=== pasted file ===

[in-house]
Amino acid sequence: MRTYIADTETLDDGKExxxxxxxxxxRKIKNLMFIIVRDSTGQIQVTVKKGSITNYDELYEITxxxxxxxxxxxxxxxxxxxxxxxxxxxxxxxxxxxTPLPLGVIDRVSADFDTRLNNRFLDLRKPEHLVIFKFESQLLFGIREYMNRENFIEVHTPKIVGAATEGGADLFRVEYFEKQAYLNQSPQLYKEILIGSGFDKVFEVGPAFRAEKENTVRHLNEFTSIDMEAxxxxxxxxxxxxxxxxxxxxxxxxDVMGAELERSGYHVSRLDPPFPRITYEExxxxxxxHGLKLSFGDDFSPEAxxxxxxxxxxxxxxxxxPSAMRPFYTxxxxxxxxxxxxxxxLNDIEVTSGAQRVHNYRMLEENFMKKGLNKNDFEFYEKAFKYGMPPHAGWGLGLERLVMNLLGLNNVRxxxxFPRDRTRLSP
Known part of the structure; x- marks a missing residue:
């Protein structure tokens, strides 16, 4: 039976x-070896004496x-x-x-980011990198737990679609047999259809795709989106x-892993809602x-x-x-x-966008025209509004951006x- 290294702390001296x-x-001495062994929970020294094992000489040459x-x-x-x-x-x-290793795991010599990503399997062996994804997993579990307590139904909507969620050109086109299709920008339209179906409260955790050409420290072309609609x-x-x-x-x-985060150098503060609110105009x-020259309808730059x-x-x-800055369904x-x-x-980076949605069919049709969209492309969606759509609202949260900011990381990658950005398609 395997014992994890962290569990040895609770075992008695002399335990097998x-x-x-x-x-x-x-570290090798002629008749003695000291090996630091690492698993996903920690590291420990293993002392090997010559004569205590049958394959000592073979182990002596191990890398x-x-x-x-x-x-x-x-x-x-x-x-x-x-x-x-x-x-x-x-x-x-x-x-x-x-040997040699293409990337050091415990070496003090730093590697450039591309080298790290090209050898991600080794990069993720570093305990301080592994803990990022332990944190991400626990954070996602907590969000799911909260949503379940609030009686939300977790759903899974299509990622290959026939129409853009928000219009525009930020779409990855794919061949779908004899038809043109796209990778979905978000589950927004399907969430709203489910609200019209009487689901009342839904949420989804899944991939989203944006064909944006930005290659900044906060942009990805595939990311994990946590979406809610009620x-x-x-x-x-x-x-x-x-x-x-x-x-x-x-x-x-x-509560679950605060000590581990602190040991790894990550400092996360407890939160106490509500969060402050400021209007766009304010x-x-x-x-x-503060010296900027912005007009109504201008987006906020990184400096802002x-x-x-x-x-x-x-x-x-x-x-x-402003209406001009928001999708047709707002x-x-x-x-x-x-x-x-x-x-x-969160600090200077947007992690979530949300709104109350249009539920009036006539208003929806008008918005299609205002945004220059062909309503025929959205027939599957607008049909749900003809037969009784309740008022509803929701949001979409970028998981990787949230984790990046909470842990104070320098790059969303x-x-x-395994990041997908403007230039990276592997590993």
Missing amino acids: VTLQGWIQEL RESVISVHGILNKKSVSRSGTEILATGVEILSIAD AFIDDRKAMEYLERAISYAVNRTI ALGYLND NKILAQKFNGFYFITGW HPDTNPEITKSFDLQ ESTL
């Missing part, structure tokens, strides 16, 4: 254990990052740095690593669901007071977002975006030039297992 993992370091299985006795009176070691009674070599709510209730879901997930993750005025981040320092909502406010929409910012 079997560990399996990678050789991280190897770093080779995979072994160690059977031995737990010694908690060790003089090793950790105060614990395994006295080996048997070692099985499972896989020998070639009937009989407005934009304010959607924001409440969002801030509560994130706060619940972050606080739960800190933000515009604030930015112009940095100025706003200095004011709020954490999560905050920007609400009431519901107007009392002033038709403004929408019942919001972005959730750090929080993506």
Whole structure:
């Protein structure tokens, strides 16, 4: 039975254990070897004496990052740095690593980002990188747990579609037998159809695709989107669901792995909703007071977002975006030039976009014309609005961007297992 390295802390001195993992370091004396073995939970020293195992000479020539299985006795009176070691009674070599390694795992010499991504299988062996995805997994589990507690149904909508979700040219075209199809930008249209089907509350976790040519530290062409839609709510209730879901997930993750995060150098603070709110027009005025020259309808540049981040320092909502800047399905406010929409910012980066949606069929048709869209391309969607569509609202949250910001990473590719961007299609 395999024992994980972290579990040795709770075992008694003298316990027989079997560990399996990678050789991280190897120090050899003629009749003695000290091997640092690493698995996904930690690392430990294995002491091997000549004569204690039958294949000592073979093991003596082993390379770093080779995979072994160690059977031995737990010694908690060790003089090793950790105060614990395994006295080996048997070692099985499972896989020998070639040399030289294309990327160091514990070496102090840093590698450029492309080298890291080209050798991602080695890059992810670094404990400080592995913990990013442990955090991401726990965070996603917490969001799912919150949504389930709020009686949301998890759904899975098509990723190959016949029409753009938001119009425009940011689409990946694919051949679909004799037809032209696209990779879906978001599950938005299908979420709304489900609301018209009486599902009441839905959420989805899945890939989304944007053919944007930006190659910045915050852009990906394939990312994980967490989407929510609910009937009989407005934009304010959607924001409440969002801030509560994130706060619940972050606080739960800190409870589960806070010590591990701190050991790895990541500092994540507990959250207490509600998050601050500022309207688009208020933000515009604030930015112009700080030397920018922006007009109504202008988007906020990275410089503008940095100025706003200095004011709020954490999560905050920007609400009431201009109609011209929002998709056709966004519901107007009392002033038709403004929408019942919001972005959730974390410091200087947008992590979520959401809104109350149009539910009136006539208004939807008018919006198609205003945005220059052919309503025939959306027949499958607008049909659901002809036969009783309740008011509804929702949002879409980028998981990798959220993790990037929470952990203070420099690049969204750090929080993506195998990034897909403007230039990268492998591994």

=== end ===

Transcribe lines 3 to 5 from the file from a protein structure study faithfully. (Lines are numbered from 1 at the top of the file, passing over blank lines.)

Known part of the structure; x- marks a missing residue:
């Protein structure tokens, strides 16, 4: 039976x-070896004496x-x-x-980011990198737990679609047999259809795709989106x-892993809602x-x-x-x-966008025209509004951006x- 290294702390001296x-x-001495062994929970020294094992000489040459x-x-x-x-x-x-290793795991010599990503399997062996994804997993579990307590139904909507969620050109086109299709920008339209179906409260955790050409420290072309609609x-x-x-x-x-985060150098503060609110105009x-020259309808730059x-x-x-800055369904x-x-x-980076949605069919049709969209492309969606759509609202949260900011990381990658950005398609 395997014992994890962290569990040895609770075992008695002399335990097998x-x-x-x-x-x-x-570290090798002629008749003695000291090996630091690492698993996903920690590291420990293993002392090997010559004569205590049958394959000592073979182990002596191990890398x-x-x-x-x-x-x-x-x-x-x-x-x-x-x-x-x-x-x-x-x-x-x-x-x-x-040997040699293409990337050091415990070496003090730093590697450039591309080298790290090209050898991600080794990069993720570093305990301080592994803990990022332990944190991400626990954070996602907590969000799911909260949503379940609030009686939300977790759903899974299509990622290959026939129409853009928000219009525009930020779409990855794919061949779908004899038809043109796209990778979905978000589950927004399907969430709203489910609200019209009487689901009342839904949420989804899944991939989203944006064909944006930005290659900044906060942009990805595939990311994990946590979406809610009620x-x-x-x-x-x-x-x-x-x-x-x-x-x-x-x-x-x-509560679950605060000590581990602190040991790894990550400092996360407890939160106490509500969060402050400021209007766009304010x-x-x-x-x-503060010296900027912005007009109504201008987006906020990184400096802002x-x-x-x-x-x-x-x-x-x-x-x-402003209406001009928001999708047709707002x-x-x-x-x-x-x-x-x-x-x-969160600090200077947007992690979530949300709104109350249009539920009036006539208003929806008008918005299609205002945004220059062909309503025929959205027939599957607008049909749900003809037969009784309740008022509803929701949001979409970028998981990787949230984790990046909470842990104070320098790059969303x-x-x-395994990041997908403007230039990276592997590993």
Missing amino acids: VTLQGWIQEL RESVISVHGILNKKSVSRSGTEILATGVEILSIAD AFIDDRKAMEYLERAISYAVNRTI ALGYLND NKILAQKFNGFYFITGW HPDTNPEITKSFDLQ ESTL